LV Thrombus After Acute MI
- McCarthy CP, Vaduganathan M, McCarthy KJ, et al.
- Left Ventricular Thrombus After Acute Myocardial Infarction: Screening, Prevention, and Treatment. JAMA Cardiol 2018;May 9:[Epub ahead of print].
The following are key points to remember from this review article about left ventricular (LV) thrombus after acute myocardial infarction (MI):
- LV thrombus is not an uncommon complication of acute MI, and is associated with systemic thromboembolism.
- Contemporary epidemiologic data suggest the incidence of LV thrombus, detected using optimal imaging modalities, may be as high as 15% in patients with ST-segment elevation MI (STEMI) and up to 25% in patients with anterior MI.
- Standard transthoracic echocardiography (TTE) is typically the screening modality of choice for LV thrombus detection and should be performed within 24 hours of admission in those at high risk for apical LV thrombus (e.g., those with large or anterior MI or those receiving delayed reperfusion). If (1) the LV apex is poorly visualized, (2) anterior or apical wall motion abnormalities are present, or (3) high apical wall motion scores are calculated (≥5 on noncontrast TTE), contrast TTE or cardiac magnetic resonance should be considered based on local availability and resources.
- The 2013 American College of Cardiology Foundation/American Heart Association (ACCF/AHA) STEMI guidelines advise that oral anticoagulation (OAC) may be considered in patients with STEMI with anterior apical akinesis or dyskinesis to prevent LV thrombus formation. Similarly, the AHA/American Stroke Association 2014 guidelines on stroke prevention advise that anticoagulation may be considered for 3 months in patients with acute anterior STEMI and ischemic stroke or transient ischemic attack who have anterior apical akinesis or dyskinesis.
- In patients with a diagnosed LV thrombus, OAC should be started immediately. The 2013 ACCF/AHA STEMI guidelines advise that it is reasonable to add OAC to dual antiplatelet therapy among patients with STEMI and asymptomatic LV thrombus for 3 months, targeting a lower international normalized ratio (INR) goal of 2.0-2.5. The AHA/American Stroke Association 2014 stroke prevention guidelines recommend a similar duration, targeting a higher INR of 2.5.
- The European Society of Cardiology 2017 STEMI guidelines advised that once an LV thrombus is diagnosed, OAC should be considered for up to 6 months, guided by repeated echocardiography and with consideration of bleeding risk and need for concomitant antiplatelet therapy.
- The optimal duration of OAC in these patients is unclear, and decisions regarding continuation of OAC should be made on a case-by-case basis.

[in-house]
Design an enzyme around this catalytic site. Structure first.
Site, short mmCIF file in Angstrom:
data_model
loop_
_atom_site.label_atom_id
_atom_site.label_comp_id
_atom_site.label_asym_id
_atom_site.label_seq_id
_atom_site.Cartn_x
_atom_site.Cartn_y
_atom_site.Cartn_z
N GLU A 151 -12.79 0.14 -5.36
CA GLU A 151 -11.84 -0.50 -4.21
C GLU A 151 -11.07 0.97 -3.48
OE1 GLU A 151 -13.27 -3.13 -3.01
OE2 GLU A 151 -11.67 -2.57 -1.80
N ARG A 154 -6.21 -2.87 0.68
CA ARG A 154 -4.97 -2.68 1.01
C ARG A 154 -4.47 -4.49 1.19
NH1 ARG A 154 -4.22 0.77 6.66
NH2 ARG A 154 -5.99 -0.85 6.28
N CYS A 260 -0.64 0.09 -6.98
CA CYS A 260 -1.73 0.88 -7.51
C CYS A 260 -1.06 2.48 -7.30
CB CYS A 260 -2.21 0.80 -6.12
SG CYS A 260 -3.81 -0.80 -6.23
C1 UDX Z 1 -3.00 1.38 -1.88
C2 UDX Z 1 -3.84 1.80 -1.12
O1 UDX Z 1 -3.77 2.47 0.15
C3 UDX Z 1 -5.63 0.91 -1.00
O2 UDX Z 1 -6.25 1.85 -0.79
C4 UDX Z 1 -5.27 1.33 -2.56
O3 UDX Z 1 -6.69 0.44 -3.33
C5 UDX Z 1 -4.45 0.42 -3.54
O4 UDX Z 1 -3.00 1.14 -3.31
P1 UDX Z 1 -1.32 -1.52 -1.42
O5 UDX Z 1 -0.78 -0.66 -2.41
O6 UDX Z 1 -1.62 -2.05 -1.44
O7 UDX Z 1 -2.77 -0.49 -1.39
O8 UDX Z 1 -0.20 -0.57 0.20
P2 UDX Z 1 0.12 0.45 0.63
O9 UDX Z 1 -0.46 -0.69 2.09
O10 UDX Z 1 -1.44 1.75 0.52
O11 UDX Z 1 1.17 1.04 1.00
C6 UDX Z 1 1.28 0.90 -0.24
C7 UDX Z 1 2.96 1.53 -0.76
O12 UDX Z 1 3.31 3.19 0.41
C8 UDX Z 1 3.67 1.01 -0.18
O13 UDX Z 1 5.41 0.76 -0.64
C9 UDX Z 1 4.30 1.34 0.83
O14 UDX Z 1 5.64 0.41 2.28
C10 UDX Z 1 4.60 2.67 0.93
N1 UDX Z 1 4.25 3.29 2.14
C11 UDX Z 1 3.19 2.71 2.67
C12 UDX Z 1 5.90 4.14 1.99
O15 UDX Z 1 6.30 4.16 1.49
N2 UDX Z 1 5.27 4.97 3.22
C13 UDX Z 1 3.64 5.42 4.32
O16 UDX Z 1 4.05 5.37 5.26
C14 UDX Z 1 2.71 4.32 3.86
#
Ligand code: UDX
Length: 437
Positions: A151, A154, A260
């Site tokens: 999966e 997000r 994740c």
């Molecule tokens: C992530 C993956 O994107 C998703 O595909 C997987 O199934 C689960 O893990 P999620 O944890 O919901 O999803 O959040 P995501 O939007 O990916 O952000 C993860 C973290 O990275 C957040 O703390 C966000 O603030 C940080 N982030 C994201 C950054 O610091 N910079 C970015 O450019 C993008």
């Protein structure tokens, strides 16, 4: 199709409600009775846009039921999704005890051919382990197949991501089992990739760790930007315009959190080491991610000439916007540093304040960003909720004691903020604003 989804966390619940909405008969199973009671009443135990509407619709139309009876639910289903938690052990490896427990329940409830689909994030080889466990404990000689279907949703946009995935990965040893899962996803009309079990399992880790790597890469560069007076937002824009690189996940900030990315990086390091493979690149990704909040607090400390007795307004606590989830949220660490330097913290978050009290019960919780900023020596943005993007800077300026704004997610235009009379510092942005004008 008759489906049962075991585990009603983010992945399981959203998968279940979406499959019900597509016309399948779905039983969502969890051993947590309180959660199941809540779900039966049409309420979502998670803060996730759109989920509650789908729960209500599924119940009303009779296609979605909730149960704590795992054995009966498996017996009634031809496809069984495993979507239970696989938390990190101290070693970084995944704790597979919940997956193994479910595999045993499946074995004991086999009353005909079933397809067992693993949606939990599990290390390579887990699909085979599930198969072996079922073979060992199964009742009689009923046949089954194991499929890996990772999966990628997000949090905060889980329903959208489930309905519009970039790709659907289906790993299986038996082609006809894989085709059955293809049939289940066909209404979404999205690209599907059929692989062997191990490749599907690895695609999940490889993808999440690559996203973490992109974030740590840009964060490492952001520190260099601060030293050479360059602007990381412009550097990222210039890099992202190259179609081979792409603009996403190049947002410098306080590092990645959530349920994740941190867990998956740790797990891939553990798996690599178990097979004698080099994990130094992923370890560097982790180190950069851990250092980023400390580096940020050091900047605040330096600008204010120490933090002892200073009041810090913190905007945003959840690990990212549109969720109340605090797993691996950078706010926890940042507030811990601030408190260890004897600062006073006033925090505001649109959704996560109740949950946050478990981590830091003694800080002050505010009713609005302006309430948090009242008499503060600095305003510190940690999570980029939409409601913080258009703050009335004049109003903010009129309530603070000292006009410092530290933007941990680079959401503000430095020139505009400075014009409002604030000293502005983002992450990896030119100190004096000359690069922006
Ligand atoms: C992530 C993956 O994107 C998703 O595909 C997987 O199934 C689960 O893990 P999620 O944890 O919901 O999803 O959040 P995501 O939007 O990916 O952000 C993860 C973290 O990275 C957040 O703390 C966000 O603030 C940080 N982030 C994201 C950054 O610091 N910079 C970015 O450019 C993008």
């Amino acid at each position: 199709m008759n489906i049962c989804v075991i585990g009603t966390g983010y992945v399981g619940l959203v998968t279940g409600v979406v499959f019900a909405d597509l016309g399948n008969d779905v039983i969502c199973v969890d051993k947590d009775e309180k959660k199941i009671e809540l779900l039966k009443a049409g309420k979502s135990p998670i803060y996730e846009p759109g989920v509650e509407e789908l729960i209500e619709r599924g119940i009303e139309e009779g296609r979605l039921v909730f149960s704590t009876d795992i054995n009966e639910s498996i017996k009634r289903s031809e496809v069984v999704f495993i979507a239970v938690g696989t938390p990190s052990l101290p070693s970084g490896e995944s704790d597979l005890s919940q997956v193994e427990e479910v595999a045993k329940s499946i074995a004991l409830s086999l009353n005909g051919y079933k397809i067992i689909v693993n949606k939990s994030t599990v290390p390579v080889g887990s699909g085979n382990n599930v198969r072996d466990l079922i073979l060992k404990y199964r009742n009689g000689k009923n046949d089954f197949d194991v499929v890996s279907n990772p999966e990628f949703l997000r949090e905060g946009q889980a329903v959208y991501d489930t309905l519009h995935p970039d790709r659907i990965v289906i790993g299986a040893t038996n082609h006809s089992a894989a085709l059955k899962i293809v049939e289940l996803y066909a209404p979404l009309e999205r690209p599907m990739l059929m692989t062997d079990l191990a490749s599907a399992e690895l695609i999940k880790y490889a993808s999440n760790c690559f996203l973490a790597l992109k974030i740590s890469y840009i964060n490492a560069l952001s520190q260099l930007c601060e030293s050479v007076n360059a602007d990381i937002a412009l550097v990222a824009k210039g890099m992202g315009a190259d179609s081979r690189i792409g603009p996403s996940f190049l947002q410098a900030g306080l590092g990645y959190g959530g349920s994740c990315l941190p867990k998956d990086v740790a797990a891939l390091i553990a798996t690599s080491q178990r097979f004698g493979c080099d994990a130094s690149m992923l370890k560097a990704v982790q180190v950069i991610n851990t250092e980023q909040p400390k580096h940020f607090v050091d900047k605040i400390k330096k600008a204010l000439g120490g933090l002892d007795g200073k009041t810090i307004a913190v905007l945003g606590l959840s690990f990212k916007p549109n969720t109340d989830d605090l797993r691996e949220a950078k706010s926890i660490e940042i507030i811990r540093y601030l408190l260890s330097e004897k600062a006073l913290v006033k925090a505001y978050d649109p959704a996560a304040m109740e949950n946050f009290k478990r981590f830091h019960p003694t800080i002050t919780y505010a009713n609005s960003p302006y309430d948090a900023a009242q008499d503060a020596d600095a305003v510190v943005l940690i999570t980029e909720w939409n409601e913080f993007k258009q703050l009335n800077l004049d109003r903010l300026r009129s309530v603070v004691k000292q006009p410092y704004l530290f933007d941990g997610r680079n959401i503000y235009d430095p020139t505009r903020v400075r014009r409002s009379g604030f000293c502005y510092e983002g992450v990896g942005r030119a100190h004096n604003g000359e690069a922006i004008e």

- In 2014, the AHA/American Stroke Association guidelines on stroke prevention introduced a new recommendation advising that low molecular weight heparin, dabigatran, rivaroxaban, or apixaban may be considered as an alternative to vitamin K antagonists for post-MI LV thrombus or anterior or apical wall motion abnormalities with an LV ejection fraction <40%, who are intolerant of vitamin K antagonists because of nonhemorrhagic adverse events.
- In addition to less potent antithrombotic regimens, adjunctive bleeding reduction or avoidance strategies should be considered. It is reasonable to treat all patients with proton-pump inhibitor therapy while receiving combination antithrombotic regimens.
- Given a lack of clear randomized clinical trial data and great variability in the presentation and associated complications of LV thrombus, individualized approaches are indicated. Ongoing studies from related therapeutic areas of varying antithrombotic regimens will continue to help delineate the optimal antithrombotic strategy for LV thrombus.
Clinical Topics: Acute Coronary Syndromes, Anticoagulation Management, Cardiovascular Care Team, Heart Failure and Cardiomyopathies, Noninvasive Imaging, Prevention, Anticoagulation Management and ACS, Acute Heart Failure, Echocardiography/Ultrasound, Magnetic Resonance Imaging
Keywords: Acute Coronary Syndrome, Anticoagulants, Brain Ischemia, Echocardiography, Heart Failure, Hemorrhage, Heparin, Low-Molecular-Weight, International Normalized Ratio, Ischemic Attack, Transient, Magnetic Resonance Imaging, Myocardial Infarction, Platelet Aggregation Inhibitors, Primary Prevention, Proton Pump Inhibitors, Stroke, Stroke Volume, Thromboembolism, Thrombosis, Vascular Diseases, Vitamin K
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